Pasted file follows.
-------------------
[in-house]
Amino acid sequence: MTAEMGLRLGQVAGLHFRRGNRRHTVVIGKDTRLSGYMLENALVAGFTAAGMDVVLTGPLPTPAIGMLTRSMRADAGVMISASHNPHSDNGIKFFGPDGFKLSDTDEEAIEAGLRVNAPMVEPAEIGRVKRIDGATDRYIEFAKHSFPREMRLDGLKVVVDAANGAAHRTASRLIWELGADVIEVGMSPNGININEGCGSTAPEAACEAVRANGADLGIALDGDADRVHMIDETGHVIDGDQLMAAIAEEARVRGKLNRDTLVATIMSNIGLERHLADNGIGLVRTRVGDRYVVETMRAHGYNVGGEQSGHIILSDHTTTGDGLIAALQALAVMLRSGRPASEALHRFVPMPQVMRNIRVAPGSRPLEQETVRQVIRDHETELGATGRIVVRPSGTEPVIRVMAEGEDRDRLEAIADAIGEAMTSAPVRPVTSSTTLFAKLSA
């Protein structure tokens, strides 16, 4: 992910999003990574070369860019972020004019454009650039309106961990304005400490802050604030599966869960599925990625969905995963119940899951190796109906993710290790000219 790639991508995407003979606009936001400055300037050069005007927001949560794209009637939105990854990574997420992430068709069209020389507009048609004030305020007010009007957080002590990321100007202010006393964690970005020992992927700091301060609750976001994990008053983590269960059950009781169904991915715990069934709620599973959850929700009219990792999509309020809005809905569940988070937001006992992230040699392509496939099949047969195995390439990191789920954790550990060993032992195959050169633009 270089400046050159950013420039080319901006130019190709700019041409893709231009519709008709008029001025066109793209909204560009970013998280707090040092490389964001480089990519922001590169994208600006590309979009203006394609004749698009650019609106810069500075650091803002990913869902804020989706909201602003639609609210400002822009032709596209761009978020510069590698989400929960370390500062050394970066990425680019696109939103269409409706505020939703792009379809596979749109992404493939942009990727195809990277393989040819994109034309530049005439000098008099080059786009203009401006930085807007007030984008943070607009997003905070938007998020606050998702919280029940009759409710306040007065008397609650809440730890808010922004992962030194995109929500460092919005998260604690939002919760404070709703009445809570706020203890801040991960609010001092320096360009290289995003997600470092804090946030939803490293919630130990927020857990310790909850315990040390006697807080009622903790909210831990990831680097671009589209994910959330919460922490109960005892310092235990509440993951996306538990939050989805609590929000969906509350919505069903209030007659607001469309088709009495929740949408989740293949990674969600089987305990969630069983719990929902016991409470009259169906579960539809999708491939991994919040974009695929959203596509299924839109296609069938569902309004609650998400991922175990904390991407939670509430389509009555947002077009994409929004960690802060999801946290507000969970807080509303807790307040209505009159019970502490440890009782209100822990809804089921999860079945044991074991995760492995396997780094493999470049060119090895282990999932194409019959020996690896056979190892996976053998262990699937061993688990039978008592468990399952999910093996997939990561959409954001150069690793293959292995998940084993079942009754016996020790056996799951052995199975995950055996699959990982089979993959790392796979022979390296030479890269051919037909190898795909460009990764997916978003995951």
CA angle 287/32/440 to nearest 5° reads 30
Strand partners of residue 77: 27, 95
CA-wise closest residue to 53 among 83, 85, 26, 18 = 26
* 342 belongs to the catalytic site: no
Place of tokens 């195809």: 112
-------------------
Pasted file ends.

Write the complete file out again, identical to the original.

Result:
[in-house]
Amino acid sequence: MTAEMGLRLGQVAGLHFRRGNRRHTVVIGKDTRLSGYMLENALVAGFTAAGMDVVLTGPLPTPAIGMLTRSMRADAGVMISASHNPHSDNGIKFFGPDGFKLSDTDEEAIEAGLRVNAPMVEPAEIGRVKRIDGATDRYIEFAKHSFPREMRLDGLKVVVDAANGAAHRTASRLIWELGADVIEVGMSPNGININEGCGSTAPEAACEAVRANGADLGIALDGDADRVHMIDETGHVIDGDQLMAAIAEEARVRGKLNRDTLVATIMSNIGLERHLADNGIGLVRTRVGDRYVVETMRAHGYNVGGEQSGHIILSDHTTTGDGLIAALQALAVMLRSGRPASEALHRFVPMPQVMRNIRVAPGSRPLEQETVRQVIRDHETELGATGRIVVRPSGTEPVIRVMAEGEDRDRLEAIADAIGEAMTSAPVRPVTSSTTLFAKLSA
């Protein structure tokens, strides 16, 4: 992910999003990574070369860019972020004019454009650039309106961990304005400490802050604030599966869960599925990625969905995963119940899951190796109906993710290790000219 790639991508995407003979606009936001400055300037050069005007927001949560794209009637939105990854990574997420992430068709069209020389507009048609004030305020007010009007957080002590990321100007202010006393964690970005020992992927700091301060609750976001994990008053983590269960059950009781169904991915715990069934709620599973959850929700009219990792999509309020809005809905569940988070937001006992992230040699392509496939099949047969195995390439990191789920954790550990060993032992195959050169633009 270089400046050159950013420039080319901006130019190709700019041409893709231009519709008709008029001025066109793209909204560009970013998280707090040092490389964001480089990519922001590169994208600006590309979009203006394609004749698009650019609106810069500075650091803002990913869902804020989706909201602003639609609210400002822009032709596209761009978020510069590698989400929960370390500062050394970066990425680019696109939103269409409706505020939703792009379809596979749109992404493939942009990727195809990277393989040819994109034309530049005439000098008099080059786009203009401006930085807007007030984008943070607009997003905070938007998020606050998702919280029940009759409710306040007065008397609650809440730890808010922004992962030194995109929500460092919005998260604690939002919760404070709703009445809570706020203890801040991960609010001092320096360009290289995003997600470092804090946030939803490293919630130990927020857990310790909850315990040390006697807080009622903790909210831990990831680097671009589209994910959330919460922490109960005892310092235990509440993951996306538990939050989805609590929000969906509350919505069903209030007659607001469309088709009495929740949408989740293949990674969600089987305990969630069983719990929902016991409470009259169906579960539809999708491939991994919040974009695929959203596509299924839109296609069938569902309004609650998400991922175990904390991407939670509430389509009555947002077009994409929004960690802060999801946290507000969970807080509303807790307040209505009159019970502490440890009782209100822990809804089921999860079945044991074991995760492995396997780094493999470049060119090895282990999932194409019959020996690896056979190892996976053998262990699937061993688990039978008592468990399952999910093996997939990561959409954001150069690793293959292995998940084993079942009754016996020790056996799951052995199975995950055996699959990982089979993959790392796979022979390296030479890269051919037909190898795909460009990764997916978003995951």
CA angle 287/32/440 to nearest 5° reads 30
Strand partners of residue 77: 27, 95
CA-wise closest residue to 53 among 83, 85, 26, 18 = 26
* 342 belongs to the catalytic site: no
Place of tokens 């195809």: 112